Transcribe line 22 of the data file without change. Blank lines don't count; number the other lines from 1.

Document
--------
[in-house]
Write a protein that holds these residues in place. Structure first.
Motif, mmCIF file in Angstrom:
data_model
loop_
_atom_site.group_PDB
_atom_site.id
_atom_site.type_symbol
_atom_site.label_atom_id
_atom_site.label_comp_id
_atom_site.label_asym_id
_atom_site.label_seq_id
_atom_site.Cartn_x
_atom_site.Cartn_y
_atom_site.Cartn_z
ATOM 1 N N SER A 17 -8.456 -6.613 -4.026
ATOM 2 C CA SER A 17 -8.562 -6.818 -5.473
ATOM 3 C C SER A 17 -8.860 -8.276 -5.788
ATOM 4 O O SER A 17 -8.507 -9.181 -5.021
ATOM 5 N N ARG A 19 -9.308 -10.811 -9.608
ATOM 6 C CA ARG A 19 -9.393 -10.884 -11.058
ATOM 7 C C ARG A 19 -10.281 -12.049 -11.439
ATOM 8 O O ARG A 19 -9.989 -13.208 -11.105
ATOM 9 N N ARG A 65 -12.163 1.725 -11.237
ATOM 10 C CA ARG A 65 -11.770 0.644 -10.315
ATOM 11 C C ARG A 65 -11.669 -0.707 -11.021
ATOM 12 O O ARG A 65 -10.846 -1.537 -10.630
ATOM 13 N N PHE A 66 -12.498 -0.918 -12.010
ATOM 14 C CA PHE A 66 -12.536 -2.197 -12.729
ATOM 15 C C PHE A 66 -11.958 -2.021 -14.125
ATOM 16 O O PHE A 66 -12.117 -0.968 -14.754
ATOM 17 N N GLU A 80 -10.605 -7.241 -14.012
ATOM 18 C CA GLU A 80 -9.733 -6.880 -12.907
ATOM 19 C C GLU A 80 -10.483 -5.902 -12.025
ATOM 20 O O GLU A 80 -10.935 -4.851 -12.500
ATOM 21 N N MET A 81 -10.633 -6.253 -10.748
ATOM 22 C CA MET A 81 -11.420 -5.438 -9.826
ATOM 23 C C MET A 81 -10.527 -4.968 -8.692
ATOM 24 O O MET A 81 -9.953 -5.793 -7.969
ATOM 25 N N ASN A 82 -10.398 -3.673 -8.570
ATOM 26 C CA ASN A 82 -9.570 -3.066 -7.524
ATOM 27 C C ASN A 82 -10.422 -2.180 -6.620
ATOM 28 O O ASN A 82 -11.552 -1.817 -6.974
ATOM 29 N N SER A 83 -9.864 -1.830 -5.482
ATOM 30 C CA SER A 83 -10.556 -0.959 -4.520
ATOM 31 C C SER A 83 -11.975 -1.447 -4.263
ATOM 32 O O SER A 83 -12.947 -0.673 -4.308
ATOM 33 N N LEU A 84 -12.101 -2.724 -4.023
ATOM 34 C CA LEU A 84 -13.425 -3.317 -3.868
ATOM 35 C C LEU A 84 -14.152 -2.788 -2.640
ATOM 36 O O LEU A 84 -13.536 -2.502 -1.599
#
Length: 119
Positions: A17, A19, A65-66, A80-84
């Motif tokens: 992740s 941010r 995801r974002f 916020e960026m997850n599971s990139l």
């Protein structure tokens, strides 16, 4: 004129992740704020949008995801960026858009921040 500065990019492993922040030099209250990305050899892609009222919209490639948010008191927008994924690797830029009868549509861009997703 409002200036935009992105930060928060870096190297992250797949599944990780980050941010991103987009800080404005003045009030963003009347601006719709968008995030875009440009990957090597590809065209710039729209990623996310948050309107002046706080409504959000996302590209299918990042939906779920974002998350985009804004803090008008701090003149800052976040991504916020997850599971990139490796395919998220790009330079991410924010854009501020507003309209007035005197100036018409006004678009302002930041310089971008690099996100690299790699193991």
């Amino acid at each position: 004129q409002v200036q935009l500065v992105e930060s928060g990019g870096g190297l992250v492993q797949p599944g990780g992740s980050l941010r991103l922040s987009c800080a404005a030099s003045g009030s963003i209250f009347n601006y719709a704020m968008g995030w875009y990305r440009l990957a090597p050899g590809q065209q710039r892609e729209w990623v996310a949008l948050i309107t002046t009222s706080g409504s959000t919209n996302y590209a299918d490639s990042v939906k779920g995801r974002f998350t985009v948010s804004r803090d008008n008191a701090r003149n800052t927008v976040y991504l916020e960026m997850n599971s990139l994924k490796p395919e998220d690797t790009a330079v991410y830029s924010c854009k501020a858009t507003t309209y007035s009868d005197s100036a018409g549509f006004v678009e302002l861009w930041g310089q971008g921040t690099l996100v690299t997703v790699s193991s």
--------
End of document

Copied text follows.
ATOM 7 C C ARG A 19 -10.281 -12.049 -11.439